PostHeaderIcon The History Of Costa Rica

According to official reports, the first European to have formerly sited Costa Rica was Christopher Columbus, in 1502.

The period of colonialism in Costa Rica was blemished by poverty and isolation due to the fact that Costa Rica was not located near Guatemala, which at the time was the largest city in Central America and attracted most economic activity. Costa Rica’s further inability to develop trade routes for easier access to Guatemala and lack of a large pool of Amerindians who could be used as laborers also worsened the economic situation. As a result, most Spaniards who settled Costa Rica were forced to labor their own land in order to produce crops. Costa Rica was therefore abandoned by the Spanish Crown and basically left to struggle on its own. In 1719, a Spanish governor described Costa Rica as the poorest and most miserable Spanish colony in all Americas.

The upside to the gloomy economic and social circumstance of Costa Rica was the development of an egalitarian society in which racial and class discrimination did not exit, very much contrary to other colonies where the forced labour on the indigenous tribes was rampant. Costa Rica therefore developed a rural democracy and unique social features. Eventually, however, as settlers moved farther into the mountainous regions of Costa Rica, a friendlier climate and fertile lands originating from rich volcanic soil gave new hope, something on which to build and start anew.

By 1821, along with neighbouring other Central American countries which had signed unto a joint declaration of independence from the colonial master, Spain, Costa Rica secured a head start on journey towards independence and nation building. In 1823, the Federal republic of Central America was established, and though this came to an end in 1839, Costa Rica’s formal withdrawal was accompanied by its proclamation of sovereignty.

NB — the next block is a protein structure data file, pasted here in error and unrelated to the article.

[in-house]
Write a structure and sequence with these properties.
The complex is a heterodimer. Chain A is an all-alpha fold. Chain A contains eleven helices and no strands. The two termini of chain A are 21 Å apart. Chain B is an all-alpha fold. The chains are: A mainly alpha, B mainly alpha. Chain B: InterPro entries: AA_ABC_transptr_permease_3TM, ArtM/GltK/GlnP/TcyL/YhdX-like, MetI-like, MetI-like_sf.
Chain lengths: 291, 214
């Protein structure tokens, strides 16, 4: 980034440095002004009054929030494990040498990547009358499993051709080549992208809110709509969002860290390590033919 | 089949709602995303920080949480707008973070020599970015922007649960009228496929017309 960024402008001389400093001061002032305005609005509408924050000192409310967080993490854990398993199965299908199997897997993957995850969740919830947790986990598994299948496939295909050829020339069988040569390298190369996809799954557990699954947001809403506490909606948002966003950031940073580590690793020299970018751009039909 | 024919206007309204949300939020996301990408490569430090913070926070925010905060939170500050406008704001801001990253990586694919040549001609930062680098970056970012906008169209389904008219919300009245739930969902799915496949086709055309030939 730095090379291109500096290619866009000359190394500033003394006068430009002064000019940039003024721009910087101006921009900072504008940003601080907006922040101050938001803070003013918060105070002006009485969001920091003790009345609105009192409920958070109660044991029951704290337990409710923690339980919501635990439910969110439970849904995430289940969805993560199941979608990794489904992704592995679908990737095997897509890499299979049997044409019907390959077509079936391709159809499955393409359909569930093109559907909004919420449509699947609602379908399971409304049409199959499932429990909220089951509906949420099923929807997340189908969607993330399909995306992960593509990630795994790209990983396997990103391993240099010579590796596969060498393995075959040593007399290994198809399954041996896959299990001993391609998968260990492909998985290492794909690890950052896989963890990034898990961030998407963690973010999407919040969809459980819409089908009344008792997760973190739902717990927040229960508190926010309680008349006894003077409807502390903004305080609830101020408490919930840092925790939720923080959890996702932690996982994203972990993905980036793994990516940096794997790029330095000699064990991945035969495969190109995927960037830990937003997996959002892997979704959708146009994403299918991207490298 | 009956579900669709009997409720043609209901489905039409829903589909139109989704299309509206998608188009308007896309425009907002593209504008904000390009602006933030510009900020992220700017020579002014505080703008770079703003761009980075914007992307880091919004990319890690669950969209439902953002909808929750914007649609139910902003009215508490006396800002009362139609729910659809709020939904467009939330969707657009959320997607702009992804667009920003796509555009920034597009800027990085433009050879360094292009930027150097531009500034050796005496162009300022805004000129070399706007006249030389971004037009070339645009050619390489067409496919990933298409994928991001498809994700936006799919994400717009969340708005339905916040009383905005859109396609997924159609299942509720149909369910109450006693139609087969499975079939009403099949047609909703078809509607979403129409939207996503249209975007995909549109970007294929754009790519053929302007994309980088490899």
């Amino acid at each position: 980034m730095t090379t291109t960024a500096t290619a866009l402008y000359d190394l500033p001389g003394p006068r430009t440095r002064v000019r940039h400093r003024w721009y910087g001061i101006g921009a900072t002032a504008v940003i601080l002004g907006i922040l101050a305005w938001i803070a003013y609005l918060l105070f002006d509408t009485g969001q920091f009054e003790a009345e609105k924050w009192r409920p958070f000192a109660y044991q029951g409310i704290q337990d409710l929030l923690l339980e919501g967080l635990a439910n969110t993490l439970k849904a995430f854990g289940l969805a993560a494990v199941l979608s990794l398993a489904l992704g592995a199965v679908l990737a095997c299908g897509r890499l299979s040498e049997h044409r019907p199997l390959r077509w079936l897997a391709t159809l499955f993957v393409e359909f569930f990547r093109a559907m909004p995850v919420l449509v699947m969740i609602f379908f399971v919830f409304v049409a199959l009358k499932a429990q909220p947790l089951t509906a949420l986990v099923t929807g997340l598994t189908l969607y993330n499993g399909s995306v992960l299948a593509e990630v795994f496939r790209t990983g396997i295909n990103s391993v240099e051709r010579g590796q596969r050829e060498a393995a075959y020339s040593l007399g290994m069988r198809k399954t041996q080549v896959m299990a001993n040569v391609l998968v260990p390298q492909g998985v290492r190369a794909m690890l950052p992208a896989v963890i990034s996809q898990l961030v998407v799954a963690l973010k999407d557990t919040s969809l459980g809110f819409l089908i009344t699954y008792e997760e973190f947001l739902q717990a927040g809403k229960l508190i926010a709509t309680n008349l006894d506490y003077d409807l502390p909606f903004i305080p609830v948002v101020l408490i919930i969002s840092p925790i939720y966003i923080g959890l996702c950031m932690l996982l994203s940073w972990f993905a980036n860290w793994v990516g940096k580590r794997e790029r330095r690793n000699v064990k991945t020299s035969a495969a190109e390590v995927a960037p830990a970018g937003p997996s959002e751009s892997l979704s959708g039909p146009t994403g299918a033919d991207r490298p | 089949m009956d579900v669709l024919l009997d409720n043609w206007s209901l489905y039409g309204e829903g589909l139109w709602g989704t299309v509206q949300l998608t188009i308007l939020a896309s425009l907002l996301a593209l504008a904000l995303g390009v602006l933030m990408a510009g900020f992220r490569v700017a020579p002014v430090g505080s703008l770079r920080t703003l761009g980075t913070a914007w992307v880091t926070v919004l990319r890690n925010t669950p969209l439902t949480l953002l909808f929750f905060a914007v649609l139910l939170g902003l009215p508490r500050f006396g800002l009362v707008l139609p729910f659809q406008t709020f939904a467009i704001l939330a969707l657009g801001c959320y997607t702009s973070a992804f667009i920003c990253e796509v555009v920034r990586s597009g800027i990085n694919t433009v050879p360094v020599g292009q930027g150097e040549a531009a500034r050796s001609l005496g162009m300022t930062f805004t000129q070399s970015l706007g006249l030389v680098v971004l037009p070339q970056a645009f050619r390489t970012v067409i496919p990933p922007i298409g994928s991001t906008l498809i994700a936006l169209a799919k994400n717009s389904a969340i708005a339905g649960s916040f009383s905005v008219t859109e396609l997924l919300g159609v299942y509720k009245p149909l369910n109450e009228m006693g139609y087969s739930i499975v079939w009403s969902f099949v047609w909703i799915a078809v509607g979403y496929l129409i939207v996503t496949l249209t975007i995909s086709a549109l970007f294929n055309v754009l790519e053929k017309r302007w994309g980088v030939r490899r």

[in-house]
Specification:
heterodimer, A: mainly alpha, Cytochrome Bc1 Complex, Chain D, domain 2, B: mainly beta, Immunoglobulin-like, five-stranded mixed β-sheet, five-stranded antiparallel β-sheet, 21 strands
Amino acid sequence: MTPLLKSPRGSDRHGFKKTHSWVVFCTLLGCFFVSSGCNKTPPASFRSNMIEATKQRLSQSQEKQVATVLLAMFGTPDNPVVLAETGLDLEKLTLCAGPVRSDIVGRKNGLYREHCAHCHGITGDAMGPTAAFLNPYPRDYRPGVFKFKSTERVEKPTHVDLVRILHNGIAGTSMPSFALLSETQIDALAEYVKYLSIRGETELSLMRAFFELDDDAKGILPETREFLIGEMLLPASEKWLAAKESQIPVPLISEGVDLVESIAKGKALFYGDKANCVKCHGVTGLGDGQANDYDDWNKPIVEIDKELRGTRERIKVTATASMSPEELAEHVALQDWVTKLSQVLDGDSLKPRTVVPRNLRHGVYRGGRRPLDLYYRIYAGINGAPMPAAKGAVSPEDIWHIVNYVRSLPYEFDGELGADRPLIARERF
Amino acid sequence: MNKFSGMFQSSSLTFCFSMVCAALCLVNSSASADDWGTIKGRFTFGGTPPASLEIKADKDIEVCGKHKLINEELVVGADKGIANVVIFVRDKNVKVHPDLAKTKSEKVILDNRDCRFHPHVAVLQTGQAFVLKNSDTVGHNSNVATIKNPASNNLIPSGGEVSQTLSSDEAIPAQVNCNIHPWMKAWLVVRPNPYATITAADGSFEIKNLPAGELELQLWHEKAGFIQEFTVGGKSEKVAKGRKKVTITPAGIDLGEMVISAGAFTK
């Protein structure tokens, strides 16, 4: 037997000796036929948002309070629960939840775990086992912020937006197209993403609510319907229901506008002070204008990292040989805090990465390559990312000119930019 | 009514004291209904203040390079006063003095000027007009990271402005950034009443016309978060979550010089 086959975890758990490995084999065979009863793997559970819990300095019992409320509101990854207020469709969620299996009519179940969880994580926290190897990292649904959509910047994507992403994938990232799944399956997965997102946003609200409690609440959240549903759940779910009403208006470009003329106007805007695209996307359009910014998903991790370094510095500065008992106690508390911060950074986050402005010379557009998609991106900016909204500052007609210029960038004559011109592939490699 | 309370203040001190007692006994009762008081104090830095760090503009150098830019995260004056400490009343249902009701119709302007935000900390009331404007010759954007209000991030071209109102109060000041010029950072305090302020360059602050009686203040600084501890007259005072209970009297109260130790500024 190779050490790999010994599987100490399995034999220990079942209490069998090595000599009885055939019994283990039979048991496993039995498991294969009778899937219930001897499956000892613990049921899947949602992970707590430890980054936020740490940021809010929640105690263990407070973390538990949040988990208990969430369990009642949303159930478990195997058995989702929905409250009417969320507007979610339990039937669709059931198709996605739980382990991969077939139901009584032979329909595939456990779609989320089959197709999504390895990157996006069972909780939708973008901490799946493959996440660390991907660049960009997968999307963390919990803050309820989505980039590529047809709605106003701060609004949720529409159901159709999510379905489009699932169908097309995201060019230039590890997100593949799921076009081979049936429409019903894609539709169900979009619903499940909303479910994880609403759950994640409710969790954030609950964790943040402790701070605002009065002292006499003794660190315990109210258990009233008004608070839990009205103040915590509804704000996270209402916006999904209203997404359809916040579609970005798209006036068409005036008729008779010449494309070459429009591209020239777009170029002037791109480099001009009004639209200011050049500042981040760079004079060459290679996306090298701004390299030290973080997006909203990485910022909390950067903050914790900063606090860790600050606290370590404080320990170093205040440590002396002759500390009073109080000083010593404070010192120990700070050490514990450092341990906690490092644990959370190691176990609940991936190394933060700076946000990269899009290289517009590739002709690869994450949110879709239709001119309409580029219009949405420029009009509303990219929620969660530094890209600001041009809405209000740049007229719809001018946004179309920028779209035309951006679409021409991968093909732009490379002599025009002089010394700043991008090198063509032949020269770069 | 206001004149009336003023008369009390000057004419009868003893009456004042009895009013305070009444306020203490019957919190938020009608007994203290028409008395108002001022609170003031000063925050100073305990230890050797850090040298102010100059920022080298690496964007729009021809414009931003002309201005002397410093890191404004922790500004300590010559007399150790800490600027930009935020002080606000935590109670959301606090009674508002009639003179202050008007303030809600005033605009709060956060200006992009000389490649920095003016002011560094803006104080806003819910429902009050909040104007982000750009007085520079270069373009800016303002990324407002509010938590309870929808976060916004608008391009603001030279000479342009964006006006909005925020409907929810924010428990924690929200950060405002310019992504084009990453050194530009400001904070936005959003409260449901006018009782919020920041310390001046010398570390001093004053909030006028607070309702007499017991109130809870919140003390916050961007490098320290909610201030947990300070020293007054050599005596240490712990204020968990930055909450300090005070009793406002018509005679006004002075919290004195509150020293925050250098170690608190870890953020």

Costa Rica’s historical isolation from Guatemala which was the hub for economic activity, trade and central government of what was at the time, the Spanish Provinces, deepened the country’s disassociation with the policies and central governance of Guatemala along with other beneficiary and participating provinces. The local population of Costa Rica therefore showed a general disinterest in and was not allegiant to the central government for Central America based in Guatemala. This partly contributed to the demise of the Federal Republic of Central America but did not prevent Costa Rica’s agreement to celebrate its independence along with the other countries. Today, September 15 is recognised by all countries of Central America as Independence Day for Central America.

Costa Rica has benefitted from a much greater degree of social and political stability that its neighbours, despite contentions which arose in 1917 under the dictatorship regime ked by Frederico Tinoco Granados and in 1948 under Jose Figueres Ferrer under whom an armed protest was staged against the results of the presidential election. This led to a civil war which lasted forty-four days, known as the bloodiest period in Costa Rica’s history. In response to this however, with the election on of a new government, the military was abolished and a new constitution was drafted. November 8, 1949, marked the beginning of a new era of peace and democratic governance attributed to Jose Figueres Ferrer, who was proclaimed a national hero. In 1953, four years later, Costa Rica held its second round of general elections, but this time under a new constitution.